Over at World Builder Blog James starts us on his journey, from the composition notebook. I remember using these for school but not as a place to keep my GM notes. James then goes on to share some of his Google Drive setup and how he uses email and a wiki to keep his players informed. He also takes some time to share the other tools he uses to store items relating to his campaign and what tool he’s looking forward to using in the future (assuming it does make it to the Mac).

So, please raise your hand if you ever programmed your own GM binder/screen system. I know I made a feeble attempt at one many, many, moons ago but that’s exactly the idea behind the binder that Elthos RPG shares with us. We start with the humble beginnings of a self made screen and then move through the creation of his current tool.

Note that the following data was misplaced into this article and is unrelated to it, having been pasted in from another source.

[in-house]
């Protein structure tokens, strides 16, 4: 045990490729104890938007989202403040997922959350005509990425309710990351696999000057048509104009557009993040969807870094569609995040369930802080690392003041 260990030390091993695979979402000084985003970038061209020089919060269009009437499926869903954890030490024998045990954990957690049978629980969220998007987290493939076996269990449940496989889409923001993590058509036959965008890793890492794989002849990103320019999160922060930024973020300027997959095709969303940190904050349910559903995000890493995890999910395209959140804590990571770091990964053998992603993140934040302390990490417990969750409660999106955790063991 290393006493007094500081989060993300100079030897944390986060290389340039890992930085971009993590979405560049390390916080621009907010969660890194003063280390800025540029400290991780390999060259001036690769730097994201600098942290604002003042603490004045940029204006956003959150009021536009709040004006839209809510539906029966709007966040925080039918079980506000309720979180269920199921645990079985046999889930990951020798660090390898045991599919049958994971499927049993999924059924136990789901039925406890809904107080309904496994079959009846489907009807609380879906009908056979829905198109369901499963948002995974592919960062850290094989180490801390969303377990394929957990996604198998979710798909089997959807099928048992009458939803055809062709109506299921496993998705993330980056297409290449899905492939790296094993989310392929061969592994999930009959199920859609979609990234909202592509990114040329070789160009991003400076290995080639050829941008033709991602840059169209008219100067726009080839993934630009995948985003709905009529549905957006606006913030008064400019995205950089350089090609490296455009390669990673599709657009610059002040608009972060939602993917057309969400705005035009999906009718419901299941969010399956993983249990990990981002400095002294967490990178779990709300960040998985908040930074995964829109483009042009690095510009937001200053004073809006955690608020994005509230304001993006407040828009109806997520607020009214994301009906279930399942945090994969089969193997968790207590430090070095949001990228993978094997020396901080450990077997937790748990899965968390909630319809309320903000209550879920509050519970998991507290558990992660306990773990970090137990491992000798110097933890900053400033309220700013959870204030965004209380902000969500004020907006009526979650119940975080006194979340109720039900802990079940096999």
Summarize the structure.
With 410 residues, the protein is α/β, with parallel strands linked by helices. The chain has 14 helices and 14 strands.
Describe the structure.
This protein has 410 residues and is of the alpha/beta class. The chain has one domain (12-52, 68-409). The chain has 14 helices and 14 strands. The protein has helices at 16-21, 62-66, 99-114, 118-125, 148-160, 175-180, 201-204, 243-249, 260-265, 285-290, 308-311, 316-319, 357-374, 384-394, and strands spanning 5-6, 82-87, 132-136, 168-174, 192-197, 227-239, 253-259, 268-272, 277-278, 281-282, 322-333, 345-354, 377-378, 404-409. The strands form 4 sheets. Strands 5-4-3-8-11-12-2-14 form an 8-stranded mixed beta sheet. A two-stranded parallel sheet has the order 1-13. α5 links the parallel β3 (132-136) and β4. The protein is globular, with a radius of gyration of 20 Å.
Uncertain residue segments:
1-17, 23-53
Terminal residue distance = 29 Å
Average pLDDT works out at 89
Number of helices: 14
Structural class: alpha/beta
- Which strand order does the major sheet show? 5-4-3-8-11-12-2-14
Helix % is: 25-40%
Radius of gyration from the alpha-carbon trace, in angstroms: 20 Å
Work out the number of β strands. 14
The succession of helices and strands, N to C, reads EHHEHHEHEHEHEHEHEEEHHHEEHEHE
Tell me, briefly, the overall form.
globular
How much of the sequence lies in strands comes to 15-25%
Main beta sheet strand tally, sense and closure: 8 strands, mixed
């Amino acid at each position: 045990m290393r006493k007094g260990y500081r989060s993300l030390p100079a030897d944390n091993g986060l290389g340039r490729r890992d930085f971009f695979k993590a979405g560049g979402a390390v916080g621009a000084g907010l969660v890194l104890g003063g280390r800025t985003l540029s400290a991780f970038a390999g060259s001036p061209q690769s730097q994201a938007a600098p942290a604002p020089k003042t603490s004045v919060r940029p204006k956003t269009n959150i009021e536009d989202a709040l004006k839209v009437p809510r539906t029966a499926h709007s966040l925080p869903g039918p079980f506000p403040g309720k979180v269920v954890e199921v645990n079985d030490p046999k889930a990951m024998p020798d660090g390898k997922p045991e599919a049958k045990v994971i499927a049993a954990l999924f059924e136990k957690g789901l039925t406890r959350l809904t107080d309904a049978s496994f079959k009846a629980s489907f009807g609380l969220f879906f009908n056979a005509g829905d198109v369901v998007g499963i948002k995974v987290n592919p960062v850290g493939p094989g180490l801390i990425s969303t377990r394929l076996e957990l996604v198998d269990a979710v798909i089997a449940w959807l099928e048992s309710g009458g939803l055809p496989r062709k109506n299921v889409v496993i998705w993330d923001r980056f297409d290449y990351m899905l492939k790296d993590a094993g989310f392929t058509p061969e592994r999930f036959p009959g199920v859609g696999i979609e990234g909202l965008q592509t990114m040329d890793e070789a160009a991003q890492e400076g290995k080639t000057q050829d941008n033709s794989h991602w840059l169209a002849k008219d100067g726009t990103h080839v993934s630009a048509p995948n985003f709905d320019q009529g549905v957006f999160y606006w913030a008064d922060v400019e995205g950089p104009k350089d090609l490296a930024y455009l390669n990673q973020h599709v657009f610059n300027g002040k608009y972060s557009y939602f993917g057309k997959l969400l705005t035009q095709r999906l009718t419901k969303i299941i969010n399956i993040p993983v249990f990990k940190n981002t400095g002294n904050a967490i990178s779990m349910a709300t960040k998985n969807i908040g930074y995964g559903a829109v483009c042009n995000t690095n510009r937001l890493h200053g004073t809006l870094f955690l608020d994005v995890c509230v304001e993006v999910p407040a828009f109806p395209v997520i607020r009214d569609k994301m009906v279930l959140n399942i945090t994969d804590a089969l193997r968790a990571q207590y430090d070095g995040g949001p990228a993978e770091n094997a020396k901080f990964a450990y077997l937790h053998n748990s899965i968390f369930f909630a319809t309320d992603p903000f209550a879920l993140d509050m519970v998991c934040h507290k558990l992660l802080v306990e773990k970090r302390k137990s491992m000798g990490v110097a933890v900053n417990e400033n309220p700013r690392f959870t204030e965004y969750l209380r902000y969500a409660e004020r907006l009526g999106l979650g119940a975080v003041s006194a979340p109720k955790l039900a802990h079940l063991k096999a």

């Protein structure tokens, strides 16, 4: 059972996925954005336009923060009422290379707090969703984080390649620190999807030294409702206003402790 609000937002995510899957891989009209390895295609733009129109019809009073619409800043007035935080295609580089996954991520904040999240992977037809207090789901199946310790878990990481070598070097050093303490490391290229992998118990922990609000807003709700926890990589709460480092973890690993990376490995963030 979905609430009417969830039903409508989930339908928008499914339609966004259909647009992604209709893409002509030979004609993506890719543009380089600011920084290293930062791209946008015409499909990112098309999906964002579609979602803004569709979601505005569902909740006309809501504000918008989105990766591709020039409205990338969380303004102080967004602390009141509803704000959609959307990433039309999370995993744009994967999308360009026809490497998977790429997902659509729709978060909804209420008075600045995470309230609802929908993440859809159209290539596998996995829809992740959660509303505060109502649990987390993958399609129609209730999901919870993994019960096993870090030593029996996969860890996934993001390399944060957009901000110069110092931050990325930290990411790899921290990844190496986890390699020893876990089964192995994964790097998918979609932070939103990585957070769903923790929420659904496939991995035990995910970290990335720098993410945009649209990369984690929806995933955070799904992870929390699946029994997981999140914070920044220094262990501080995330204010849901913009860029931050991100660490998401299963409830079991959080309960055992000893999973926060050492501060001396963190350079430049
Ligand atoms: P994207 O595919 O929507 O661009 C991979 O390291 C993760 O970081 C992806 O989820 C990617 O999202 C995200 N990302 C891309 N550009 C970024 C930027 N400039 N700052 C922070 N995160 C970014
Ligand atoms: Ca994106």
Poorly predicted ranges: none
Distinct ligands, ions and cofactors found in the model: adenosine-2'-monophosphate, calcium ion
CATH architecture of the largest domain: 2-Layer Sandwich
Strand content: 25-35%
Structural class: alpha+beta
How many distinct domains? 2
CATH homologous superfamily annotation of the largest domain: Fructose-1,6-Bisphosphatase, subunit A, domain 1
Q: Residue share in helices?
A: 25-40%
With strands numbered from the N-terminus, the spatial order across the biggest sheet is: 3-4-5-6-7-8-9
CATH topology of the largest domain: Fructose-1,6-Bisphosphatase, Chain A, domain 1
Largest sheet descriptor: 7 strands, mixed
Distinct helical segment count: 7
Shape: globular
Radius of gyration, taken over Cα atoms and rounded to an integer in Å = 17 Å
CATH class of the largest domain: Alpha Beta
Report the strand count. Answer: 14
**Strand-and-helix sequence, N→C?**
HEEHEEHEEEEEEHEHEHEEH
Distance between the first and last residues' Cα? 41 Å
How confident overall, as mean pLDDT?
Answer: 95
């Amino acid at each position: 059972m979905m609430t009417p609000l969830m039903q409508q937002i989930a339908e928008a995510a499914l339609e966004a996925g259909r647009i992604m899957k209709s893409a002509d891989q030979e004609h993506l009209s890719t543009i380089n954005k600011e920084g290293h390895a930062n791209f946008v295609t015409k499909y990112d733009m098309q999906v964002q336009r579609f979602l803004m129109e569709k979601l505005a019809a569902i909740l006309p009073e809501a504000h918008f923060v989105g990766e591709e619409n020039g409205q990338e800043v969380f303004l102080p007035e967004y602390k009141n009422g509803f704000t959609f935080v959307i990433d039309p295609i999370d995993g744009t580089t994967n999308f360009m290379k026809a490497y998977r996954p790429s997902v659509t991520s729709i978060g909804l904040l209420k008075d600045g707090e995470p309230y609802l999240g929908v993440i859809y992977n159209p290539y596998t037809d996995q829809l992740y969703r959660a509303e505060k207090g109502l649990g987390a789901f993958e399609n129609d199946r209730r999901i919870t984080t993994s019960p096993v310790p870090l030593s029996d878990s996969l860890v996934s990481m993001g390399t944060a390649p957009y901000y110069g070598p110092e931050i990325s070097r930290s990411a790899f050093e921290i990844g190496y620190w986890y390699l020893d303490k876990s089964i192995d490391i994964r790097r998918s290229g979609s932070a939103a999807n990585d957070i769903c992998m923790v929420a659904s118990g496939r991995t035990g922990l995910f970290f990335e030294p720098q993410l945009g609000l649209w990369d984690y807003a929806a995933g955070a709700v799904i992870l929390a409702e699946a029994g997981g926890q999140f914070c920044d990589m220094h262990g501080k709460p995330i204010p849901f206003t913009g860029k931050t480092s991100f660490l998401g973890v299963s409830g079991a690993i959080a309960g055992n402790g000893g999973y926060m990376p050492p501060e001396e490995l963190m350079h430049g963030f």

We close out the month with the evolution of the binder of This post, like many of the ones before it, chronicles the move from paper, to digital, to something of a mix. What makes this binder’s final form interesting is that it is not just a combination of paper and software, but also the GM’s gaming blog as well (something I’ve tried in the past myself and may do again).

So there you have it, the wrap up for the April Blog Carnival be sure to check out all Blog Carnival’s Home Page for a full listing of all the carnivals that have been run.

May your dice roll well.

Update: We have one more entry that I missed when I wrote the wrap-up: A GM Notebook’s Evolution where we see the move once again from paper to electronic. This time the move is into a wiki and Google Docs and there’s also a cautionary tale about tossing out your old notes.